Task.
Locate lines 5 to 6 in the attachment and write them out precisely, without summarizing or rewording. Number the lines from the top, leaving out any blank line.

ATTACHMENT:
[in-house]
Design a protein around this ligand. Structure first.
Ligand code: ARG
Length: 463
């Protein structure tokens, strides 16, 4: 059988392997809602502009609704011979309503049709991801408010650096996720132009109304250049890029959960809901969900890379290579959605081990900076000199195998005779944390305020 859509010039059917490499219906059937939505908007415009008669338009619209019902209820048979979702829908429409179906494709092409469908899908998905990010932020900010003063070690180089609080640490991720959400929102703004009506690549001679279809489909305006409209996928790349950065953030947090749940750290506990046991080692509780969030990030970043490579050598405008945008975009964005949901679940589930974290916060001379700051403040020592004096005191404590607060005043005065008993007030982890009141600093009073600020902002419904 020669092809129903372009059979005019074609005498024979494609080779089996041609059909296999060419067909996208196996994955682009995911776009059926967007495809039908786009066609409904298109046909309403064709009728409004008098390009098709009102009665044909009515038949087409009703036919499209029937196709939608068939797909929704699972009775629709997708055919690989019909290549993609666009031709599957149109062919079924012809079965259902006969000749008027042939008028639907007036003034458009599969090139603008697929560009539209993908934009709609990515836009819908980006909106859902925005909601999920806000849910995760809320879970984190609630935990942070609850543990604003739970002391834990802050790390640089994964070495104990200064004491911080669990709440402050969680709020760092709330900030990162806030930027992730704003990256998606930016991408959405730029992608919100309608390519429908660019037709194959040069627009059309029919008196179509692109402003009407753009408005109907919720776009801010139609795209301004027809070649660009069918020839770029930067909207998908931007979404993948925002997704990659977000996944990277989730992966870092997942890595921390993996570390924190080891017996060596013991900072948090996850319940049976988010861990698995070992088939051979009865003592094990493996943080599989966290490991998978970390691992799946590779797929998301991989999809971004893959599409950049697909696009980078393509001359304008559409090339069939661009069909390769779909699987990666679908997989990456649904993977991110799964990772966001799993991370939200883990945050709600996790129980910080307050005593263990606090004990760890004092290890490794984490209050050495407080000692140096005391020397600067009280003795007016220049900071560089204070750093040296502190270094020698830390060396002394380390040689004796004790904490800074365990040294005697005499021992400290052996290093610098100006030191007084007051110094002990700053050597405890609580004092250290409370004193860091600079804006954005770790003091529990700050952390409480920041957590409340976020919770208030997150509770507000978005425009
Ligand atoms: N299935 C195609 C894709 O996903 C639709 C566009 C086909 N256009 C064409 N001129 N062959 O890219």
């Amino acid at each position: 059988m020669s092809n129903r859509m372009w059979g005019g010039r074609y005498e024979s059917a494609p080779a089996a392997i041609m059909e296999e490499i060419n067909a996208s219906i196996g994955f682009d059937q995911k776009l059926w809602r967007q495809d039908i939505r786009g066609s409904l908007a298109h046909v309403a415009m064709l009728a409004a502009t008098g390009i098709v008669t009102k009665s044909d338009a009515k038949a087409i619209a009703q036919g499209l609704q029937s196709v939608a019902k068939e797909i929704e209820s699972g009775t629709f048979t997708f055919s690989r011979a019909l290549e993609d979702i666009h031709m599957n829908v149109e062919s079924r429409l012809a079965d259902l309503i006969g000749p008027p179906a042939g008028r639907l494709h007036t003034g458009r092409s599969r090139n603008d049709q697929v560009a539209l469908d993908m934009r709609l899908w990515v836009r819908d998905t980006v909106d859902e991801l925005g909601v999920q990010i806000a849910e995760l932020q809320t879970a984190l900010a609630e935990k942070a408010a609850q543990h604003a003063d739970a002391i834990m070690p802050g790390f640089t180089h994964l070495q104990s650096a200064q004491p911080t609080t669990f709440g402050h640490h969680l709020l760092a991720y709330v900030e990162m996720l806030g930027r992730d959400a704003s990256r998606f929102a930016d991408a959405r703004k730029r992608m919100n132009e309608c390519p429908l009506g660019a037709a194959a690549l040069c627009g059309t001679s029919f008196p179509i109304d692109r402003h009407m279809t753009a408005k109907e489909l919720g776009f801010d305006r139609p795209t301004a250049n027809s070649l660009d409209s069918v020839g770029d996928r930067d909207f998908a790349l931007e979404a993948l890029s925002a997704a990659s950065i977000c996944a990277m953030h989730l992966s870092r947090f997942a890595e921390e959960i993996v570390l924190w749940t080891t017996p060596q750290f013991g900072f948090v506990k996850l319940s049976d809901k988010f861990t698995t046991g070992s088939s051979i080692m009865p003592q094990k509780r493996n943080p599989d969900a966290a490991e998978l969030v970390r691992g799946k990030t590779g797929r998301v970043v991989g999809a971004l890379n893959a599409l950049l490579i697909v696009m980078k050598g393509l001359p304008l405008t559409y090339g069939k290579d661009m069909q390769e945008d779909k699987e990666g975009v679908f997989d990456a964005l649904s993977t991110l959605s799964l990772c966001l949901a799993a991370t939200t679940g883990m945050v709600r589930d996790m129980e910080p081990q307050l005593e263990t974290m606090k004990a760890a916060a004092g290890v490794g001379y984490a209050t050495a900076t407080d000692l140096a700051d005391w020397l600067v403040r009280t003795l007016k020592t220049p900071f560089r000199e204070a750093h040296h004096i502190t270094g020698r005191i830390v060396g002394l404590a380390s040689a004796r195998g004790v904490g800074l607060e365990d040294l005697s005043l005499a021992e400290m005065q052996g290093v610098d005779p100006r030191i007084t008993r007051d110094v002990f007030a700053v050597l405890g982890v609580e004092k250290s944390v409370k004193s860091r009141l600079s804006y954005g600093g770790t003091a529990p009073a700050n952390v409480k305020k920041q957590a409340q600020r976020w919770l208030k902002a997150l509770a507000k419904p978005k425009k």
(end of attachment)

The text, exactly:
């Protein structure tokens, strides 16, 4: 059988392997809602502009609704011979309503049709991801408010650096996720132009109304250049890029959960809901969900890379290579959605081990900076000199195998005779944390305020 859509010039059917490499219906059937939505908007415009008669338009619209019902209820048979979702829908429409179906494709092409469908899908998905990010932020900010003063070690180089609080640490991720959400929102703004009506690549001679279809489909305006409209996928790349950065953030947090749940750290506990046991080692509780969030990030970043490579050598405008945008975009964005949901679940589930974290916060001379700051403040020592004096005191404590607060005043005065008993007030982890009141600093009073600020902002419904 020669092809129903372009059979005019074609005498024979494609080779089996041609059909296999060419067909996208196996994955682009995911776009059926967007495809039908786009066609409904298109046909309403064709009728409004008098390009098709009102009665044909009515038949087409009703036919499209029937196709939608068939797909929704699972009775629709997708055919690989019909290549993609666009031709599957149109062919079924012809079965259902006969000749008027042939008028639907007036003034458009599969090139603008697929560009539209993908934009709609990515836009819908980006909106859902925005909601999920806000849910995760809320879970984190609630935990942070609850543990604003739970002391834990802050790390640089994964070495104990200064004491911080669990709440402050969680709020760092709330900030990162806030930027992730704003990256998606930016991408959405730029992608919100309608390519429908660019037709194959040069627009059309029919008196179509692109402003009407753009408005109907919720776009801010139609795209301004027809070649660009069918020839770029930067909207998908931007979404993948925002997704990659977000996944990277989730992966870092997942890595921390993996570390924190080891017996060596013991900072948090996850319940049976988010861990698995070992088939051979009865003592094990493996943080599989966290490991998978970390691992799946590779797929998301991989999809971004893959599409950049697909696009980078393509001359304008559409090339069939661009069909390769779909699987990666679908997989990456649904993977991110799964990772966001799993991370939200883990945050709600996790129980910080307050005593263990606090004990760890004092290890490794984490209050050495407080000692140096005391020397600067009280003795007016220049900071560089204070750093040296502190270094020698830390060396002394380390040689004796004790904490800074365990040294005697005499021992400290052996290093610098100006030191007084007051110094002990700053050597405890609580004092250290409370004193860091600079804006954005770790003091529990700050952390409480920041957590409340976020919770208030997150509770507000978005425009
Ligand atoms: N299935 C195609 C894709 O996903 C639709 C566009 C086909 N256009 C064409 N001129 N062959 O890219």